COMMUNITY FORUM

Akiral

11:00AM | 11/09/06
Member Since: 11/08/06
3 lifetime posts
Bvmisc
In my attic, there are 1x4 lengths of wood attatched horizontally to every third roof beam (truss?). The boards, some warped, some tight, and some doing nothing whatsover, are constantly giving me headaches, literally. They are all around 5 feet from the flooring, and they are a big pain in the butt while I'm installing new insulation, and when I need to store a few things up there. Were they used for the initial construction of the house only? What real purpose are they serving now? Also, if I shouldn't remove them, is there any other way to alter them w/o compromising their function? Thanks!

Akiral

06:00PM | 11/09/06
Member Since: 11/08/06
3 lifetime posts
Did some homework, and found out what I was looking at were collar beams. I read that they help to keep the roof from sagging or warping. I also read that some people remove them, but I guess I won't. I guess I'd only be inviting problems to start if I removed them. Please feel free to give me some opinions on this.

Thanks.

Akiral

01:04AM | 11/11/06
Member Since: 11/08/06
3 lifetime posts
Hey, thanks for your thoughts k2. Yeah, I'm leaving them up, but I'm not thrilled about it. Fortunately, I won't have to worry about working up there again in the near future, I hope. I use the attic for limited storage, and I don't put anything heavy up there, except occassionally me.

Thanks again k2!
Click_to_reply_button
Inspiration_banner

INSPIRATION GALLERY



Post a reply as Anonymous

Photo must be in JPG, GIF or PNG format and less than 5MB.

Reply_choose_button

captcha
type the code from the image

Anonymous

Post_new_button or Login_button
Register

Unless you live in a very warm climate, your lemon tree should be brought indoors in the winter and then returned outdoors... Reused steel windows create an eye-catching splashguard in this walk-in shower. The vintage factory windows bring an inter... A galvanized steel tub is a surprising but charming fixture in this bright and breezy screened patio. It's perfect for was... If you're not crazy about the idea of commingling plants and pool, this modern variation may be more to your liking. The s... Yes, a freestanding garage can become its own tiny house. Artist Michelle de la Vega has all the comforts of a modern resi... If you lack plumbing skills but have a good sturdy tree, here's the easiest outdoor shower solution of all: Simply attach... Pursue what's known as the stack effect. To achieve it, open the windows on both the upper and lower floors, and as warm a... How do you like this smart use for an old bottle? Clamp an empty wine bottle to a fence or wall near your outdoor deck or ... Simple and striking, a couple of pieces of "lovingly used" furniture creates a special kind of charm. A weathered chair fo... Twine lanterns add pops of crafty—but sophisticated—flair to any outdoor setting. Wrap glue-soaked twine around a balloon ... When securely fastened to a tree or the ceiling of a porch, a pallet and some cushioning make the ideal place to lounge. V... Incorporate nature into your lighting scheme by securing a dead tree in a concrete mold and draping your pendant lamp from... For the cost of a can of exterior paint , you can totally transform your porch. Paint the floor a hue that complements yo... In this urban apartment, a standard-issue patio became a serene and green perch by replacing the typical concrete with gro... This garden shed has been decked out to the nines. Designer Orla Kiely created the intimate home for a flower trade show, ...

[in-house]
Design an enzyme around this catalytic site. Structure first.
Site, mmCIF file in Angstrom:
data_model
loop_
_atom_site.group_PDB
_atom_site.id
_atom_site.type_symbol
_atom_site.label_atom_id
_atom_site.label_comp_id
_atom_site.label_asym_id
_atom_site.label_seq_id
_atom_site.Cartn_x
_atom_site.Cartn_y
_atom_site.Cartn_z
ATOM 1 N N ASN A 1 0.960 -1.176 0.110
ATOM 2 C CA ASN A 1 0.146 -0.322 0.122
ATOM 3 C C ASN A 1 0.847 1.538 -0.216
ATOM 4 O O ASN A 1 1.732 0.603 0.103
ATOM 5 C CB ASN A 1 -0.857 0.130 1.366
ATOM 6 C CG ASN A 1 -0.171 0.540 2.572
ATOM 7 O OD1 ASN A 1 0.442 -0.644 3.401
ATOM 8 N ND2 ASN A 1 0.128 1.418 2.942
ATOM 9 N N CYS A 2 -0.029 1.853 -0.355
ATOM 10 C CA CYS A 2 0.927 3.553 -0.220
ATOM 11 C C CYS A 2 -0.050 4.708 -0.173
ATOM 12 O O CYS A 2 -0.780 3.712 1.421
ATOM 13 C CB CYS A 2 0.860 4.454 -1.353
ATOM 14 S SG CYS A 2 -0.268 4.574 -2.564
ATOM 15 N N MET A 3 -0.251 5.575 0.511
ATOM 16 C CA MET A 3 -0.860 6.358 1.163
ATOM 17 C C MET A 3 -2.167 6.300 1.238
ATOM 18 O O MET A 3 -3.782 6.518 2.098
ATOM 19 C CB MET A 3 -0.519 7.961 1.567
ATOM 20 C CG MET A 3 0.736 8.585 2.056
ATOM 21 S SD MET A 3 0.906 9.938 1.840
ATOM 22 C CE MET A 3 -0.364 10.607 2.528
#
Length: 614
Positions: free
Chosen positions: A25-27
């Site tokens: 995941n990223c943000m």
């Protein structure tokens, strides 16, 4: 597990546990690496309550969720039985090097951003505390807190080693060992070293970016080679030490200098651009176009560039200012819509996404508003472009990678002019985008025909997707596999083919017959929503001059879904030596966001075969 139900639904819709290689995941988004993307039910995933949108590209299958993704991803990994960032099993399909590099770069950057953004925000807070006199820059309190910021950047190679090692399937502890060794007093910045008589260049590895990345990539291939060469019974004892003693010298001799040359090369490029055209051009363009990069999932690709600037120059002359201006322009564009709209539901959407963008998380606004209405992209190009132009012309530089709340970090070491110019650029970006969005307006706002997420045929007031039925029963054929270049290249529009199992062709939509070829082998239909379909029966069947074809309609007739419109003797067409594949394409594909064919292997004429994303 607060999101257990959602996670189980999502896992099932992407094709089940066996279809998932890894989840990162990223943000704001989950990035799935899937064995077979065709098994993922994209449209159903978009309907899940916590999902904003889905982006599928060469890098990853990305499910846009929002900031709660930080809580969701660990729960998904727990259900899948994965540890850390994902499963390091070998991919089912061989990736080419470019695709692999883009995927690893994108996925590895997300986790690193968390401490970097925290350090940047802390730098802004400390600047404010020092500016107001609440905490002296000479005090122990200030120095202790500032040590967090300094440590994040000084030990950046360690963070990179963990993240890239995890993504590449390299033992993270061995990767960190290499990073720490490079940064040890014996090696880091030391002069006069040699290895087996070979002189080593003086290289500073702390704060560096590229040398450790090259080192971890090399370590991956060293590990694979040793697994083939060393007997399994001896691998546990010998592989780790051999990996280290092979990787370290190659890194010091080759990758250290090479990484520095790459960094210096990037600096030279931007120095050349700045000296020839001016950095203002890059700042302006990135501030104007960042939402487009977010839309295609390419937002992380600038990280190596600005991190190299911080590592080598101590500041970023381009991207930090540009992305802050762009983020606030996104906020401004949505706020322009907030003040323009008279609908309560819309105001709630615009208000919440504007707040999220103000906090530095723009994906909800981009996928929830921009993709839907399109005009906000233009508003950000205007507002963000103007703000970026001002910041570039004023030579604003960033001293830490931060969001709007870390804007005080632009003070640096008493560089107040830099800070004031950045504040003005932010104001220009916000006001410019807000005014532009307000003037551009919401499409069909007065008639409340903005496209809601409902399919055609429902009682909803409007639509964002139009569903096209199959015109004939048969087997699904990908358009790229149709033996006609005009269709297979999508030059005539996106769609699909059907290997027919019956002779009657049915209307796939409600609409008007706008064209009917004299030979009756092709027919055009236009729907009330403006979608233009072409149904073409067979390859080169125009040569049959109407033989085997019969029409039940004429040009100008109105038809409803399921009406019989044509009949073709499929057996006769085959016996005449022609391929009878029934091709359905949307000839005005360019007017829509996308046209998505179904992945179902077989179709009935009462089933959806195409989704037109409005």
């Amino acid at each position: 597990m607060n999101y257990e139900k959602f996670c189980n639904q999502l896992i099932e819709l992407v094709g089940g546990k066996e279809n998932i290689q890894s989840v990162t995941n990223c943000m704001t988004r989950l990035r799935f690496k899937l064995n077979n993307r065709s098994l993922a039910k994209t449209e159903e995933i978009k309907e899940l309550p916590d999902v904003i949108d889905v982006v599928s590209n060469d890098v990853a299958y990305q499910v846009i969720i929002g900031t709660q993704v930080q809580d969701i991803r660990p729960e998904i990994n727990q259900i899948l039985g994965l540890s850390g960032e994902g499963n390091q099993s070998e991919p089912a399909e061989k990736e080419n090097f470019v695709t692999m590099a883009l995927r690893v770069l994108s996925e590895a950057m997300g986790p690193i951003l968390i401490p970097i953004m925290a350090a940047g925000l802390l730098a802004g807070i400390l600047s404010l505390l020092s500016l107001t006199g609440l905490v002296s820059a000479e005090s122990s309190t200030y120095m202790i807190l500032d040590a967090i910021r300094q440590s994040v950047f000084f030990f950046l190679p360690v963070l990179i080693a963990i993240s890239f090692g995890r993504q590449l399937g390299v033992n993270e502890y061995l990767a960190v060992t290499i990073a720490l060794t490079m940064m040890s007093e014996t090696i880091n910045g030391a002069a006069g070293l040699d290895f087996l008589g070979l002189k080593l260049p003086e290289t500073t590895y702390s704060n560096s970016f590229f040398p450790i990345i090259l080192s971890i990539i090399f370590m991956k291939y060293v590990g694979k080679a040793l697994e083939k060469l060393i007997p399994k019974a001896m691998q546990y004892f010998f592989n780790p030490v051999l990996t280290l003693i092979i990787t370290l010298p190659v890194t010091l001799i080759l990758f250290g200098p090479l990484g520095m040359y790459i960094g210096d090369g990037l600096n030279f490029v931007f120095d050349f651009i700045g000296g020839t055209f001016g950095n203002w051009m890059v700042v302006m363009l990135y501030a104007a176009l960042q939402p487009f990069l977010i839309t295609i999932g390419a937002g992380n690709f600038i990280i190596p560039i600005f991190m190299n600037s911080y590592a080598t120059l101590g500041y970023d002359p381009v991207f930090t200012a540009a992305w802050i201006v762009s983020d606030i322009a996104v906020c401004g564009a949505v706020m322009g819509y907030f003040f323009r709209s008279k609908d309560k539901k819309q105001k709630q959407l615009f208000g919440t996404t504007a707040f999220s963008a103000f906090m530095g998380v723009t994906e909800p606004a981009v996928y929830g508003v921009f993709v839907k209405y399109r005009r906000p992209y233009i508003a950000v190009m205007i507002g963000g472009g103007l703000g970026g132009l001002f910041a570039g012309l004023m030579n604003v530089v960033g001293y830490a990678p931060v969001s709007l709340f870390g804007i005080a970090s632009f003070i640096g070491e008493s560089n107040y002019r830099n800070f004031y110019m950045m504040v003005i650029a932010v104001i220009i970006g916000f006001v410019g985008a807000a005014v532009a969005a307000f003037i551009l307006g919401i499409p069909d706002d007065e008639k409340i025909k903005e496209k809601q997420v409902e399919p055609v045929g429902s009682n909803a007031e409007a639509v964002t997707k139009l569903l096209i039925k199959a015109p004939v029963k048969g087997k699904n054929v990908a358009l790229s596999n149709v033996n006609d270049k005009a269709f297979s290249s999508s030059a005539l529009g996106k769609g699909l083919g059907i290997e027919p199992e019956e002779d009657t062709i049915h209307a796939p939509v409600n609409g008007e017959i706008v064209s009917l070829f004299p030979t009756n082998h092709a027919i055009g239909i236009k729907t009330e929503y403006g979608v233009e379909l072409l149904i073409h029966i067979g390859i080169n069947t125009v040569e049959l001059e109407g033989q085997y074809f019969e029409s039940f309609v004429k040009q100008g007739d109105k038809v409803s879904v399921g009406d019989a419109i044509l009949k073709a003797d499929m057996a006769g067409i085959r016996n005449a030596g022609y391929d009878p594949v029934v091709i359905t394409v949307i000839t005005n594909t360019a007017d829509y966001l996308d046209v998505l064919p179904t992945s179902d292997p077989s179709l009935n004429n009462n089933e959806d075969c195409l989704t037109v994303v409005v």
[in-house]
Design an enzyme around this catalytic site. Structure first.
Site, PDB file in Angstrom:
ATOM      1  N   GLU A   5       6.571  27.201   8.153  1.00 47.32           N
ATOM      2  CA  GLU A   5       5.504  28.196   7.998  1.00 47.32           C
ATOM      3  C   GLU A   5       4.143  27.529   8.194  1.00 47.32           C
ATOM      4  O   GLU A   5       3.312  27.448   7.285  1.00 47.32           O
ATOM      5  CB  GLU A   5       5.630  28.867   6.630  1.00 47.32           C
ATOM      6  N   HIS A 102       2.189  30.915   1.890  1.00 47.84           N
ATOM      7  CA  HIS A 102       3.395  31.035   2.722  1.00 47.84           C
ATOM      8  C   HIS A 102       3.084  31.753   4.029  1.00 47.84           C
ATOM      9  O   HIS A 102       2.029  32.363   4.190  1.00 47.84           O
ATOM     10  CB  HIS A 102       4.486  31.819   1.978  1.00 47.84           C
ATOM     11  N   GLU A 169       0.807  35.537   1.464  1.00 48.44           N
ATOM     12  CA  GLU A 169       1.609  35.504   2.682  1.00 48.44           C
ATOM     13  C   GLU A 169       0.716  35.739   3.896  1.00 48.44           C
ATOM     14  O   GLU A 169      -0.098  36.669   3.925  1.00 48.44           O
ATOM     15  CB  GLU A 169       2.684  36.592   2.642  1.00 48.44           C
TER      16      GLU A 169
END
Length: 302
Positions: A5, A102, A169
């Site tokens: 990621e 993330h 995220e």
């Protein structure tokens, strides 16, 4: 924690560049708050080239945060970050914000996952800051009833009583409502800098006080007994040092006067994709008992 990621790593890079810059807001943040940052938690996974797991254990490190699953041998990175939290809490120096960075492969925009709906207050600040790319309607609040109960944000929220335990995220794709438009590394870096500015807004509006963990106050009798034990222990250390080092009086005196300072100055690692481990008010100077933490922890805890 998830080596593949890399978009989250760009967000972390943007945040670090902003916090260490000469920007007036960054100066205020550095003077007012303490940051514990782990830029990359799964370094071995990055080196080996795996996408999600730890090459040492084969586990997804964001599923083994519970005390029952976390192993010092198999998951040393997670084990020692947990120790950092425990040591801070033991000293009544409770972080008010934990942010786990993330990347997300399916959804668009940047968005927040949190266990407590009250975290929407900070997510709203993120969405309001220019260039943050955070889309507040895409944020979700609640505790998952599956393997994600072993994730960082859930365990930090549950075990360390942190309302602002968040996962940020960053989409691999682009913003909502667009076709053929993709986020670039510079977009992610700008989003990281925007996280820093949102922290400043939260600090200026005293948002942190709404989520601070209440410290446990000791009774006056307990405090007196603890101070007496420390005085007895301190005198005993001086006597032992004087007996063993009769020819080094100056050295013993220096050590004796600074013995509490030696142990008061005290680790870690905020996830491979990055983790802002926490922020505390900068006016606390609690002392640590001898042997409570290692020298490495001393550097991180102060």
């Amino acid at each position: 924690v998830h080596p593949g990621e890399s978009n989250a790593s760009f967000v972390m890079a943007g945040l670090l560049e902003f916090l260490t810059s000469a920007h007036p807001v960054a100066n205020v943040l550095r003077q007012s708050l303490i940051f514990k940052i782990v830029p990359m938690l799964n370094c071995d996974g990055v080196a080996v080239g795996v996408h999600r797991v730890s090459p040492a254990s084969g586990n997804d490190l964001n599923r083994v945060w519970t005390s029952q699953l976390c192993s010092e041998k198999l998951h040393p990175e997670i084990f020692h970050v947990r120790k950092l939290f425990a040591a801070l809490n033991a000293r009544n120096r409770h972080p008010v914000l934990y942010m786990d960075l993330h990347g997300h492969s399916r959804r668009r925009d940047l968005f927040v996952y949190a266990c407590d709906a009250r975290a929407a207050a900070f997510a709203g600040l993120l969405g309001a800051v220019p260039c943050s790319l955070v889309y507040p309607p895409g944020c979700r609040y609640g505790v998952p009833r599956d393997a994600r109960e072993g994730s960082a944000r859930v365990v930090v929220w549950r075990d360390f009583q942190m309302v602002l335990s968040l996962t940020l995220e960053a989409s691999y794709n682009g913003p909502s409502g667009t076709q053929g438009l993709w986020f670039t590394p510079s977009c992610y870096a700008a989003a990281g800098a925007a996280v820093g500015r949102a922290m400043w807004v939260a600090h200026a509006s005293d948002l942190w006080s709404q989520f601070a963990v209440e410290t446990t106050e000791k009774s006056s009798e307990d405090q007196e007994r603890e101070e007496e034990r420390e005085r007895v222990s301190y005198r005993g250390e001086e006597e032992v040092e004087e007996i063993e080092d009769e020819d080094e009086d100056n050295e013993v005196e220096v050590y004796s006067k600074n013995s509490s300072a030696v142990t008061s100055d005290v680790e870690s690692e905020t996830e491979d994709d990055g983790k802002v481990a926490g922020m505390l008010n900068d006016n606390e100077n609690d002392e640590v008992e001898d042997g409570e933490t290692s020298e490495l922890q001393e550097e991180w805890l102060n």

Follow_banner_a
Newsletter_icon Google_plus Facebook Twitter Pinterest Youtube Rss_icon
 
webapp1